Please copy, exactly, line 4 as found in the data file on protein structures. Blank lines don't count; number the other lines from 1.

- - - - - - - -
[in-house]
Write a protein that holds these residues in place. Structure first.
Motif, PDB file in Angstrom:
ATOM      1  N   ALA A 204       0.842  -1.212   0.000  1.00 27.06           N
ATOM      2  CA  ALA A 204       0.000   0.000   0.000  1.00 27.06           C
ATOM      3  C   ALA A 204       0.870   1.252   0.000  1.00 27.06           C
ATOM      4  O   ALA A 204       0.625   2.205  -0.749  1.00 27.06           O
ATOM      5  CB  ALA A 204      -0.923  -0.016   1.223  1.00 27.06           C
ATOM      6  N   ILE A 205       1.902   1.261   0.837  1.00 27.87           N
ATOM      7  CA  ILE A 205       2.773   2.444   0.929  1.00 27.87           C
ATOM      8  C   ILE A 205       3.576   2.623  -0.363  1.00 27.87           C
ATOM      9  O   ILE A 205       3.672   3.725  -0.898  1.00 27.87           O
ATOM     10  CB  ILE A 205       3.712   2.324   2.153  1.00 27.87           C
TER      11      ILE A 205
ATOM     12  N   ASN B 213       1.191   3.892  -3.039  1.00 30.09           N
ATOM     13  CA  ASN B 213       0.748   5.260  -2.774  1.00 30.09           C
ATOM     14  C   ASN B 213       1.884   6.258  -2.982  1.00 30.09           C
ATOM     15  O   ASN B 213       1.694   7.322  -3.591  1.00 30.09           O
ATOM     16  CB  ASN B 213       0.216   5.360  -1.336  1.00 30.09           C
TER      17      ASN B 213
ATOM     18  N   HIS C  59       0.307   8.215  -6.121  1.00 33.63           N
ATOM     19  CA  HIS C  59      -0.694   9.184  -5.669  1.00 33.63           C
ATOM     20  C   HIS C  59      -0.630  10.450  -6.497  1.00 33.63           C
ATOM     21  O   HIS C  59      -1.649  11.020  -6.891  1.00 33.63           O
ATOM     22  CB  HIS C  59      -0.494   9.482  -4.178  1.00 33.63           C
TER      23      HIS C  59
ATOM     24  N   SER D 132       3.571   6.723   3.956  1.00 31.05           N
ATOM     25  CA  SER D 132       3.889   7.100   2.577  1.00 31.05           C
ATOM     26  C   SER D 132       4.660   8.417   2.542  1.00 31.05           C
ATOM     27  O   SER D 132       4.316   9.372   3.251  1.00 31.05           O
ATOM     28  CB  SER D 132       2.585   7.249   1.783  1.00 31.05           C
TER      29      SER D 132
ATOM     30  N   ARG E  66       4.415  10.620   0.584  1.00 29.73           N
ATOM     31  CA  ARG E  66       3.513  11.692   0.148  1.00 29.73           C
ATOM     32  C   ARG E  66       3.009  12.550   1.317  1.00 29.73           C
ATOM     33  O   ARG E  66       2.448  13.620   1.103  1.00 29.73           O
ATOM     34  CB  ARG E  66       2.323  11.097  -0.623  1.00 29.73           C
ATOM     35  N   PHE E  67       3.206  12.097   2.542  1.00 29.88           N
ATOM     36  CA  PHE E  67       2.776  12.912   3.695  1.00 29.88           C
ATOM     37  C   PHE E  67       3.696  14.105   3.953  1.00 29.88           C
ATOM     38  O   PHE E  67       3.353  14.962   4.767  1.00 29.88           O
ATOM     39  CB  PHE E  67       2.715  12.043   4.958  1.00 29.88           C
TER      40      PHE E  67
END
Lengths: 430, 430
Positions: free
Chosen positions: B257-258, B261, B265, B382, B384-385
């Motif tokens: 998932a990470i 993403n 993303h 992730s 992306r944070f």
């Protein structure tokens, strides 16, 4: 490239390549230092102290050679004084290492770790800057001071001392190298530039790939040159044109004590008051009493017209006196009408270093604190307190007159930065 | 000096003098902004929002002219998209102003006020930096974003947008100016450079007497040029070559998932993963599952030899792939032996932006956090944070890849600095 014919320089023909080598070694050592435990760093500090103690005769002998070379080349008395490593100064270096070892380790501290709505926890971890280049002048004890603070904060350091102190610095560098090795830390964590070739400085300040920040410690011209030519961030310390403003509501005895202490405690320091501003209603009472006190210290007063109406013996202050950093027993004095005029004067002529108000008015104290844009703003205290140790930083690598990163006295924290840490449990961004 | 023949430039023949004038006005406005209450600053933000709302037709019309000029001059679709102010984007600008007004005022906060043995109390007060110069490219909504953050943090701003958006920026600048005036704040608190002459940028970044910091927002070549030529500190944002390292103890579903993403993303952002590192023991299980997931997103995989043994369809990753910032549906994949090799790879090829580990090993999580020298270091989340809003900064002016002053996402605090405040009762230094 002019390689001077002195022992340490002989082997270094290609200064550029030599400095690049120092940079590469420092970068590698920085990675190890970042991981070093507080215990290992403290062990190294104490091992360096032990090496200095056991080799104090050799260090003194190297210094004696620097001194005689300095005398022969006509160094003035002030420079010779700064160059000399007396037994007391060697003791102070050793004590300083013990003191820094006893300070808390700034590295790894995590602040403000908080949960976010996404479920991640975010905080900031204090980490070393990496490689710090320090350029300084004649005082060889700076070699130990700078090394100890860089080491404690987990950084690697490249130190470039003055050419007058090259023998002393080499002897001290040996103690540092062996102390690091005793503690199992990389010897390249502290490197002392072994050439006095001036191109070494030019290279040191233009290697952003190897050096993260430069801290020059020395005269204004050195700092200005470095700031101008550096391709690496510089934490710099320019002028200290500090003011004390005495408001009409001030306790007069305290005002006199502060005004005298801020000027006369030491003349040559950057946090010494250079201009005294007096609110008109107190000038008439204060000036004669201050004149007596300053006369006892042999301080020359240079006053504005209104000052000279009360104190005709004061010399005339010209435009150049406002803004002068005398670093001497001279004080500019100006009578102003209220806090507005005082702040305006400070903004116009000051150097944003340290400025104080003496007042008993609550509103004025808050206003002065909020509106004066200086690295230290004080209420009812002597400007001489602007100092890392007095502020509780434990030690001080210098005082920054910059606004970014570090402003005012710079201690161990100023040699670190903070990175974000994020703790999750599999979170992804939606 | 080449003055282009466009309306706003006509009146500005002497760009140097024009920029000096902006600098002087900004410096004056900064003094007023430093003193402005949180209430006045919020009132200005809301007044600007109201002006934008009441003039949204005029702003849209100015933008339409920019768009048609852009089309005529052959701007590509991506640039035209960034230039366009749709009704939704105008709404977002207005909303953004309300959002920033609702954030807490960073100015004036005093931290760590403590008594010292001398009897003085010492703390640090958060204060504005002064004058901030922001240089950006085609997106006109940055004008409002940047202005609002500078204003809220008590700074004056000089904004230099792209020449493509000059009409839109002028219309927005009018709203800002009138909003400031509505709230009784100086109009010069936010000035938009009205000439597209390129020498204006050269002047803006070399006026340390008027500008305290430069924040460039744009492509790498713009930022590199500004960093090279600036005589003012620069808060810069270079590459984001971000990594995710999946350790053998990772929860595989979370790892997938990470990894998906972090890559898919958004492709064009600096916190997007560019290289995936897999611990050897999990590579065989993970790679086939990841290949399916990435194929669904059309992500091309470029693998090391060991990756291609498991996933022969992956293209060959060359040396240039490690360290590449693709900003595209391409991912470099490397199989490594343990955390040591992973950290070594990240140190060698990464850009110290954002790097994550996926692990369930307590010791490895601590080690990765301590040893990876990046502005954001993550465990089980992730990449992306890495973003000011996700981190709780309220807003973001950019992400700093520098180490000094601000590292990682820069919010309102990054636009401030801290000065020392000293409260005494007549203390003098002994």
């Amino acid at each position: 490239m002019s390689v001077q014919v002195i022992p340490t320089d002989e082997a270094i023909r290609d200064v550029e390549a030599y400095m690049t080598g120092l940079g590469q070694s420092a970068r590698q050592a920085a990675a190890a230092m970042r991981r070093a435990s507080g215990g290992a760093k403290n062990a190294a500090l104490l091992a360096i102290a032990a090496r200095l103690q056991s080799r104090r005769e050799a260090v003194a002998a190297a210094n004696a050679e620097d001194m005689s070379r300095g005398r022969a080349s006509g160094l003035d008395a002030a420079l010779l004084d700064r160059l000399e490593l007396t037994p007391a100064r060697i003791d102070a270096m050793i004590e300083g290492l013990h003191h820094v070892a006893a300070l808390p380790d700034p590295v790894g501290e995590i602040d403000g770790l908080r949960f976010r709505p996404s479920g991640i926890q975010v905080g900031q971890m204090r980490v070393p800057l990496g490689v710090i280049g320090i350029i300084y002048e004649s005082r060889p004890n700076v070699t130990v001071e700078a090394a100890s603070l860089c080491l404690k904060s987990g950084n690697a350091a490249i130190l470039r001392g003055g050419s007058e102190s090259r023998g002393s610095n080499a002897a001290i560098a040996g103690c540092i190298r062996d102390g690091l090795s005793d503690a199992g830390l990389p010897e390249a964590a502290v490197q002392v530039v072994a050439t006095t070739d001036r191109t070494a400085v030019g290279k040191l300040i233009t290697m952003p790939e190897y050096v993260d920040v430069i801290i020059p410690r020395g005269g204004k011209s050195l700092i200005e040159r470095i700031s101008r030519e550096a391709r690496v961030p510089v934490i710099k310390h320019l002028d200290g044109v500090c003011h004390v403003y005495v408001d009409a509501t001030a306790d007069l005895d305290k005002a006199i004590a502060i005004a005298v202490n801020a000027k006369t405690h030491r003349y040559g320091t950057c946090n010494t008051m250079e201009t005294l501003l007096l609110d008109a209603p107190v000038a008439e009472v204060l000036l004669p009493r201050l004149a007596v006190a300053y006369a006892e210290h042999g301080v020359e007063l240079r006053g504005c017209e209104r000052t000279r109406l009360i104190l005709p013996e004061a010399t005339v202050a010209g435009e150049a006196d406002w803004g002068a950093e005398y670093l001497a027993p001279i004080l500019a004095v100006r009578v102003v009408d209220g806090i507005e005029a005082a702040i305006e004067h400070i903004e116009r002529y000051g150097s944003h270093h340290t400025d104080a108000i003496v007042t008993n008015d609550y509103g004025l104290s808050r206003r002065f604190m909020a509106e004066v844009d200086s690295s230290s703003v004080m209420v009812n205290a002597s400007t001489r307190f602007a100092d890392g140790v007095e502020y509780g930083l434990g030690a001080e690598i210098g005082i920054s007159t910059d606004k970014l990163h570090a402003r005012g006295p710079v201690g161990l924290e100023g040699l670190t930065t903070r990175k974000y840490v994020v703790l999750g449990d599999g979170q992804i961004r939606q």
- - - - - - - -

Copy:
ATOM      1  N   ALA A 204       0.842  -1.212   0.000  1.00 27.06           N